Ian Austin

Ilhan Omar should be shunned by our politicians, not celebrated

The sight of senior Labour figures embracing her shows how much further Starmer has to go

July 14, 2022 15:47

Six months ago, Keir Starmer gave a powerful speech at the Labour Friends of Israel lunch. He attacked “anti-Zionist antisemitism”, opposed BDS and condemned those who “focus obsessively on the world’s sole Jewish state and hold it to standards no other country is subjected to.”

I joined in the applause. Unfortunately, it now seems easier for Labour’s leader to speak positively about Israel at lunches than challenge the hatred that took hold under Jeremy Corbyn.

It might have helped Labour to show that it was tackling the anti-Jewish racism that poisoned the party if senior figures had not fawned over controversial American congresswoman Ilhan Omar when she visied the UK last week.

She has been criticised for saying: “Israel has hypnotised the world, may Allah awaken the people and help them see the evildoings of Israel”. Omar also implied money was behind support for Israel, tweeting: “It’s all about the Benjamins baby”, a reference to a song about $100 bills and the pro-Israel campaign AIPAC.

Her fellow Democrat chair of the House Foreign Affairs Committee, Eliot Engel, called for an apology after she suggested pro-Israel groups “push for allegiance to a foreign country”. It was “unacceptable and deeply offensive to call into question the loyalty of fellow American citizens because of their political views, including support for the US-Israel relationship. We all take the same oath. Worse, Representative Omar’s comments leveled that charge by invoking a vile antisemitic slur.”

And last year, she tweeted: “We have seen unthinkable atrocities committed by the US, Hamas, Israel, Afghanistan, and the Taliban.” Imagine comparing Israel, the Middle East’s only democracy and the world’s only Jewish state, to genocidal terrorists like Hamas which wants to wipe it out!

None of this is difficult to find if you have a computer and have heard of Google, so it is not unreasonable to ask why Sadiq Khan, seven Labour MPs — including four members of Keir Starmer’s frontbench team — and Conservative peer Baroness Sayeeda Warsi were so keen to meet her last week.

Bradford MP and Shadow Minister for Community Cohesion Naz Shah called Omar an “inspiration”. Shadow Justice Minister Afzal Khan described her as “incredible”, adding: “We stand united against Islamophobia”.

London Mayor Sadiq Khan said it was a “pleasure” to meet Omar, “to discuss how we keep building bridges, not walls”.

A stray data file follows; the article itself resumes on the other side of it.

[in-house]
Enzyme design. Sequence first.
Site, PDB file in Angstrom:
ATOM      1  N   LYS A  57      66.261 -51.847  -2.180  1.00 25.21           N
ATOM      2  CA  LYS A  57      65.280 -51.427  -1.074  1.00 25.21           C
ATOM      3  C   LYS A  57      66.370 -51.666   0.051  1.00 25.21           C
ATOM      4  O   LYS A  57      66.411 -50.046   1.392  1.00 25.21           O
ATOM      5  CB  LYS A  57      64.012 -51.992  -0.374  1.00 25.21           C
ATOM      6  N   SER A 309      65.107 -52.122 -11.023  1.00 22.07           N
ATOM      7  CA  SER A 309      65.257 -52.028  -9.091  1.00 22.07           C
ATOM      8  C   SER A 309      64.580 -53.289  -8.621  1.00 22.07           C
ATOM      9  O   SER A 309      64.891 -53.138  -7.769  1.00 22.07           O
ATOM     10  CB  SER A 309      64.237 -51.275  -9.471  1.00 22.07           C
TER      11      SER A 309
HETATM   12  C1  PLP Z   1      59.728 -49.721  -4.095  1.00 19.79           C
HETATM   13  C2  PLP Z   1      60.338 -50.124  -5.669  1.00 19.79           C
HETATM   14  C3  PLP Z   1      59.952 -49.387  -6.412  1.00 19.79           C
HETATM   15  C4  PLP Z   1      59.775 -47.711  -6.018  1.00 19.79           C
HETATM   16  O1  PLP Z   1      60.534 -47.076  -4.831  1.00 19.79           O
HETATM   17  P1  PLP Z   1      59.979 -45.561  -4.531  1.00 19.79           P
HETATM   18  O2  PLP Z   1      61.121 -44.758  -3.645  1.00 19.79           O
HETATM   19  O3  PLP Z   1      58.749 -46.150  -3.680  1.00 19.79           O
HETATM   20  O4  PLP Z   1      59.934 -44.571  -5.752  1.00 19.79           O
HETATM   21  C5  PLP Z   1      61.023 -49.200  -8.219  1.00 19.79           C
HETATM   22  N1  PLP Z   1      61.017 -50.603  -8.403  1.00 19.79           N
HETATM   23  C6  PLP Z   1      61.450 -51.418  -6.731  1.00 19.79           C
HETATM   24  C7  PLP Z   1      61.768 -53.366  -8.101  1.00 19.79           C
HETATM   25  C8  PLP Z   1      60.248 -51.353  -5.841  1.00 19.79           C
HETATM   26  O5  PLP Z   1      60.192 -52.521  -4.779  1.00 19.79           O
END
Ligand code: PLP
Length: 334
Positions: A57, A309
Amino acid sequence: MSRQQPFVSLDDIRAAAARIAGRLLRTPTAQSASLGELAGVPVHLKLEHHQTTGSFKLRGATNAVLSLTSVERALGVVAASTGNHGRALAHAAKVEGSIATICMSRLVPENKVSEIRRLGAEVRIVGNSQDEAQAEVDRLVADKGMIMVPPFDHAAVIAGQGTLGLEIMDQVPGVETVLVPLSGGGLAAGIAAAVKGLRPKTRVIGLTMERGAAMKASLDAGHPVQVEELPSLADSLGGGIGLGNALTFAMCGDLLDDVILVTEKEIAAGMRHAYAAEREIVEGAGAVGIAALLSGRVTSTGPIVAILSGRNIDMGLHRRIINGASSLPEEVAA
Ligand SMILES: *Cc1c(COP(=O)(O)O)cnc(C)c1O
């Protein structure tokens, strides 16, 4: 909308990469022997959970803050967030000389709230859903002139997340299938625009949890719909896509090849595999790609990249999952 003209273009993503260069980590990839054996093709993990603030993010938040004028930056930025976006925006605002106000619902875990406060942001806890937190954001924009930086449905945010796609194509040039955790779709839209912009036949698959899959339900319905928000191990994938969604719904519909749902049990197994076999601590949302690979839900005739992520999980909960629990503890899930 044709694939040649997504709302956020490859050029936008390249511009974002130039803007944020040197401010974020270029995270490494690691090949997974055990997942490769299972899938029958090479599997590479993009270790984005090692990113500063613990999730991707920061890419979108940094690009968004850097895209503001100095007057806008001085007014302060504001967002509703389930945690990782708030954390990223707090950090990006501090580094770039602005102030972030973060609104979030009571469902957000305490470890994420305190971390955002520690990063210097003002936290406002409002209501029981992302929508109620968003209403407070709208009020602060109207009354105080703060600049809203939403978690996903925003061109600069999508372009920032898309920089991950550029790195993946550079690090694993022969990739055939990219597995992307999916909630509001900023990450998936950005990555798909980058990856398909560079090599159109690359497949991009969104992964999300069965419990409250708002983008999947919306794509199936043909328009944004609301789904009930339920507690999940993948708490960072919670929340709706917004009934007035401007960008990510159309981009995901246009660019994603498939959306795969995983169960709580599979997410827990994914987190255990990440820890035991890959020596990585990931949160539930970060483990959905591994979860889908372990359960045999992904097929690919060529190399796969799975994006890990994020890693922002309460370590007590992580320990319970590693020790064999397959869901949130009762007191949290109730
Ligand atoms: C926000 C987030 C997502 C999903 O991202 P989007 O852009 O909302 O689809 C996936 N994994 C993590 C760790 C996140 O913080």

He said: “We must stand firm in upholding progressive values of equality and inclusion in the face of those who seek to divide us.”

It is a disgrace that Muslim politicians are attacked because of who they are, what they look like or how they worship — but there are mainstream Democrats the Mayor could work with on inclusion that have not caused offence with controversial statements like Ilhan Omar.

Many of the Mayor’s supporters will be surprised by his endorsement of the congresswoman. He made building links with the capital’s Jewish community an urgent priority after being elected in 2016 and has worked to maintain positive relations since. But last week’s meeting will remind people how he nominated Jeremy Corbyn for the leadership of the Labour Party.
No doubt Omar and the people she met will dismiss any opposition, saying as usual that it is possible to criticise Israel without being antisemitic.

No one disputes that is true. But let’s be really clear: Omar’s statements go way beyond legitimate criticism of Israel, its government, policies or security forces.

Suggesting politicians support Israel as a result of financial inducements is just the latest manifestation of the ancient antisemitic trope about wealthy, powerful Jews controlling politics.

Labour has taken action to deal with the antisemitism that flourished under Corbyn. But progress has been slow and some people who ought to be nowhere near a mainstream party are given temporary suspensions when they should be permanently expelled.

Starmer’s cheerleaders criticise those who make this point, but more thoughtful members of the party — including Jewish councillors and activists I have spoken to — explain that it will take time to deal with the problem, especially in areas where the far left have not yet been driven out.

They agree it is clearly much too soon to claim, as Sir Keir did recently, that he has “rooted out the poison of antisemitism”.

Perhaps he could accelerate the process by making sure senior figures do not praise people like Ilhan Omar.

Former Labour MP Lord Austin is UK Trade Envoy to Israel and a crossbench peer

July 14, 2022 15:47

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